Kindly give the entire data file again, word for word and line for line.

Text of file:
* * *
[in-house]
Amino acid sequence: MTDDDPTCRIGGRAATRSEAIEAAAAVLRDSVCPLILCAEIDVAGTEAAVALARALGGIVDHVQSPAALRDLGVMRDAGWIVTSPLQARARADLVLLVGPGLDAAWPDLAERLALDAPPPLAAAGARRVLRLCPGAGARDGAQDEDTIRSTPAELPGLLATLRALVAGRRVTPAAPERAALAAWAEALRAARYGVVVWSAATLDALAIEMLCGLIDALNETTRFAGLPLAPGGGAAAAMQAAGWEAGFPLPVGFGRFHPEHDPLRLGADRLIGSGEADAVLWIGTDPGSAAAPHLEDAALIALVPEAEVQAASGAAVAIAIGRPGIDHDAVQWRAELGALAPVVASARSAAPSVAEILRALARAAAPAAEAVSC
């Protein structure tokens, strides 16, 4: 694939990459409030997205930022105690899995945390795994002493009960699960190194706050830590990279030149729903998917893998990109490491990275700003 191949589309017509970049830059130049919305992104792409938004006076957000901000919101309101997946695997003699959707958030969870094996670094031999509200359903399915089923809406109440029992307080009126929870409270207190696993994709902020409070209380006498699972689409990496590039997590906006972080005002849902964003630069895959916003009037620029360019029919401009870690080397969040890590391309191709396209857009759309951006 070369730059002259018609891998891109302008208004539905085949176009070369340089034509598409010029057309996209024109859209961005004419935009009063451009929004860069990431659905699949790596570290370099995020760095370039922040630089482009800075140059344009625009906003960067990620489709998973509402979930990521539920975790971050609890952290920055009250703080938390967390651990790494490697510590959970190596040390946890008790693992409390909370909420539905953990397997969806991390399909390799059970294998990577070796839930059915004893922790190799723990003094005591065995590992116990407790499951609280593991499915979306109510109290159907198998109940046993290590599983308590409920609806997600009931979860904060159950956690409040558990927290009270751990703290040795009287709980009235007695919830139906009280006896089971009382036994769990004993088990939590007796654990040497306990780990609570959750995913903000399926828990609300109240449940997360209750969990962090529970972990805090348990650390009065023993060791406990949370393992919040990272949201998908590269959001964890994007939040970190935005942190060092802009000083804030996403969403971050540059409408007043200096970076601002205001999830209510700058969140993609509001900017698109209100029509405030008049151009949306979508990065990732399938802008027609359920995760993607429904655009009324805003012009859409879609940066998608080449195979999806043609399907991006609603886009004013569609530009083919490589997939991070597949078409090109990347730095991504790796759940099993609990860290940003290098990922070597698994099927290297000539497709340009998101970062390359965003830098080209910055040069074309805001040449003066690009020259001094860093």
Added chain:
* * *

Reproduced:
[in-house]
Amino acid sequence: MTDDDPTCRIGGRAATRSEAIEAAAAVLRDSVCPLILCAEIDVAGTEAAVALARALGGIVDHVQSPAALRDLGVMRDAGWIVTSPLQARARADLVLLVGPGLDAAWPDLAERLALDAPPPLAAAGARRVLRLCPGAGARDGAQDEDTIRSTPAELPGLLATLRALVAGRRVTPAAPERAALAAWAEALRAARYGVVVWSAATLDALAIEMLCGLIDALNETTRFAGLPLAPGGGAAAAMQAAGWEAGFPLPVGFGRFHPEHDPLRLGADRLIGSGEADAVLWIGTDPGSAAAPHLEDAALIALVPEAEVQAASGAAVAIAIGRPGIDHDAVQWRAELGALAPVVASARSAAPSVAEILRALARAAAPAAEAVSC
């Protein structure tokens, strides 16, 4: 694939990459409030997205930022105690899995945390795994002493009960699960190194706050830590990279030149729903998917893998990109490491990275700003 191949589309017509970049830059130049919305992104792409938004006076957000901000919101309101997946695997003699959707958030969870094996670094031999509200359903399915089923809406109440029992307080009126929870409270207190696993994709902020409070209380006498699972689409990496590039997590906006972080005002849902964003630069895959916003009037620029360019029919401009870690080397969040890590391309191709396209857009759309951006 070369730059002259018609891998891109302008208004539905085949176009070369340089034509598409010029057309996209024109859209961005004419935009009063451009929004860069990431659905699949790596570290370099995020760095370039922040630089482009800075140059344009625009906003960067990620489709998973509402979930990521539920975790971050609890952290920055009250703080938390967390651990790494490697510590959970190596040390946890008790693992409390909370909420539905953990397997969806991390399909390799059970294998990577070796839930059915004893922790190799723990003094005591065995590992116990407790499951609280593991499915979306109510109290159907198998109940046993290590599983308590409920609806997600009931979860904060159950956690409040558990927290009270751990703290040795009287709980009235007695919830139906009280006896089971009382036994769990004993088990939590007796654990040497306990780990609570959750995913903000399926828990609300109240449940997360209750969990962090529970972990805090348990650390009065023993060791406990949370393992919040990272949201998908590269959001964890994007939040970190935005942190060092802009000083804030996403969403971050540059409408007043200096970076601002205001999830209510700058969140993609509001900017698109209100029509405030008049151009949306979508990065990732399938802008027609359920995760993607429904655009009324805003012009859409879609940066998608080449195979999806043609399907991006609603886009004013569609530009083919490589997939991070597949078409090109990347730095991504790796759940099993609990860290940003290098990922070597698994099927290297000539497709340009998101970062390359965003830098080209910055040069074309805001040449003066690009020259001094860093």
Added chain: